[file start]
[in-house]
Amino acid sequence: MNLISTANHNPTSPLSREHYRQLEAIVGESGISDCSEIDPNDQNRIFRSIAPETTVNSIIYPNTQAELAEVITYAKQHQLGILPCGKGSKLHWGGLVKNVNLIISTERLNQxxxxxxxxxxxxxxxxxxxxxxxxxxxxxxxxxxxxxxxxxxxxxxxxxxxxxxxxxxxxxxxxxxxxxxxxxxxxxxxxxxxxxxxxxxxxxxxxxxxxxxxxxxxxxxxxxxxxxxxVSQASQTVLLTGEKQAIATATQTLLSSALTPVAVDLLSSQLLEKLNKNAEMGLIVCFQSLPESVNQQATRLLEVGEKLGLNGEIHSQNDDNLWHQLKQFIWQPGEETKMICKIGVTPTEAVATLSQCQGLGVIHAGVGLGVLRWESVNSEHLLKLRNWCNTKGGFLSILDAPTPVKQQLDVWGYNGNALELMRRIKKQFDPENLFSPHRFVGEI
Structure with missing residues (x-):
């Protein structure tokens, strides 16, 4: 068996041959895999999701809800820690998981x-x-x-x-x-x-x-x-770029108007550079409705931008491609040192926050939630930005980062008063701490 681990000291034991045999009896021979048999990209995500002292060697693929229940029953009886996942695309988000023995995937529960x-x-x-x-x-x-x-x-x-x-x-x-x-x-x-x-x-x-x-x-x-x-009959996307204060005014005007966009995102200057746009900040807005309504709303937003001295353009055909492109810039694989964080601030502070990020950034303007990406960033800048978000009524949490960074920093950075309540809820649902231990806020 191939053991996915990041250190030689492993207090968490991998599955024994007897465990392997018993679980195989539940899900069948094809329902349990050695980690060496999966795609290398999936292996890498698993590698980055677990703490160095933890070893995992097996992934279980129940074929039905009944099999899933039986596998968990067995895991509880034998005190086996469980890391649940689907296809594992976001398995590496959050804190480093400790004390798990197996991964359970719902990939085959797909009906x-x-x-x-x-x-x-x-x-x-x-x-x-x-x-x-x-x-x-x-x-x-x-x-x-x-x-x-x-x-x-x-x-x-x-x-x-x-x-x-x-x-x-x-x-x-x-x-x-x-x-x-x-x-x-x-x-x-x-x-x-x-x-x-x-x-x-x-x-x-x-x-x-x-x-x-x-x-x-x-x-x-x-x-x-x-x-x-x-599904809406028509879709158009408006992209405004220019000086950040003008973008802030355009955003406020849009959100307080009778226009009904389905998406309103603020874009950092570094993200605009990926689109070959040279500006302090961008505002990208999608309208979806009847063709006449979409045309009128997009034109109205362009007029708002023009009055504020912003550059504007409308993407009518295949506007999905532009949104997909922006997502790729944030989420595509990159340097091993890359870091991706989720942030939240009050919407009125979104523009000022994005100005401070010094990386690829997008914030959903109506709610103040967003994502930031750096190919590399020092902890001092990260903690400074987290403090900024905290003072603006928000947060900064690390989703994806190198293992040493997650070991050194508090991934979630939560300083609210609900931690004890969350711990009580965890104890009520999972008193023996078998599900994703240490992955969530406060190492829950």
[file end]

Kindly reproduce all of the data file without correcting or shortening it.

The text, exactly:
[in-house]
Amino acid sequence: MNLISTANHNPTSPLSREHYRQLEAIVGESGISDCSEIDPNDQNRIFRSIAPETTVNSIIYPNTQAELAEVITYAKQHQLGILPCGKGSKLHWGGLVKNVNLIISTERLNQxxxxxxxxxxxxxxxxxxxxxxxxxxxxxxxxxxxxxxxxxxxxxxxxxxxxxxxxxxxxxxxxxxxxxxxxxxxxxxxxxxxxxxxxxxxxxxxxxxxxxxxxxxxxxxxxxxxxxxxVSQASQTVLLTGEKQAIATATQTLLSSALTPVAVDLLSSQLLEKLNKNAEMGLIVCFQSLPESVNQQATRLLEVGEKLGLNGEIHSQNDDNLWHQLKQFIWQPGEETKMICKIGVTPTEAVATLSQCQGLGVIHAGVGLGVLRWESVNSEHLLKLRNWCNTKGGFLSILDAPTPVKQQLDVWGYNGNALELMRRIKKQFDPENLFSPHRFVGEI
Structure with missing residues (x-):
């Protein structure tokens, strides 16, 4: 068996041959895999999701809800820690998981x-x-x-x-x-x-x-x-770029108007550079409705931008491609040192926050939630930005980062008063701490 681990000291034991045999009896021979048999990209995500002292060697693929229940029953009886996942695309988000023995995937529960x-x-x-x-x-x-x-x-x-x-x-x-x-x-x-x-x-x-x-x-x-x-009959996307204060005014005007966009995102200057746009900040807005309504709303937003001295353009055909492109810039694989964080601030502070990020950034303007990406960033800048978000009524949490960074920093950075309540809820649902231990806020 191939053991996915990041250190030689492993207090968490991998599955024994007897465990392997018993679980195989539940899900069948094809329902349990050695980690060496999966795609290398999936292996890498698993590698980055677990703490160095933890070893995992097996992934279980129940074929039905009944099999899933039986596998968990067995895991509880034998005190086996469980890391649940689907296809594992976001398995590496959050804190480093400790004390798990197996991964359970719902990939085959797909009906x-x-x-x-x-x-x-x-x-x-x-x-x-x-x-x-x-x-x-x-x-x-x-x-x-x-x-x-x-x-x-x-x-x-x-x-x-x-x-x-x-x-x-x-x-x-x-x-x-x-x-x-x-x-x-x-x-x-x-x-x-x-x-x-x-x-x-x-x-x-x-x-x-x-x-x-x-x-x-x-x-x-x-x-x-x-x-x-x-599904809406028509879709158009408006992209405004220019000086950040003008973008802030355009955003406020849009959100307080009778226009009904389905998406309103603020874009950092570094993200605009990926689109070959040279500006302090961008505002990208999608309208979806009847063709006449979409045309009128997009034109109205362009007029708002023009009055504020912003550059504007409308993407009518295949506007999905532009949104997909922006997502790729944030989420595509990159340097091993890359870091991706989720942030939240009050919407009125979104523009000022994005100005401070010094990386690829997008914030959903109506709610103040967003994502930031750096190919590399020092902890001092990260903690400074987290403090900024905290003072603006928000947060900064690390989703994806190198293992040493997650070991050194508090991934979630939560300083609210609900931690004890969350711990009580965890104890009520999972008193023996078998599900994703240490992955969530406060190492829950």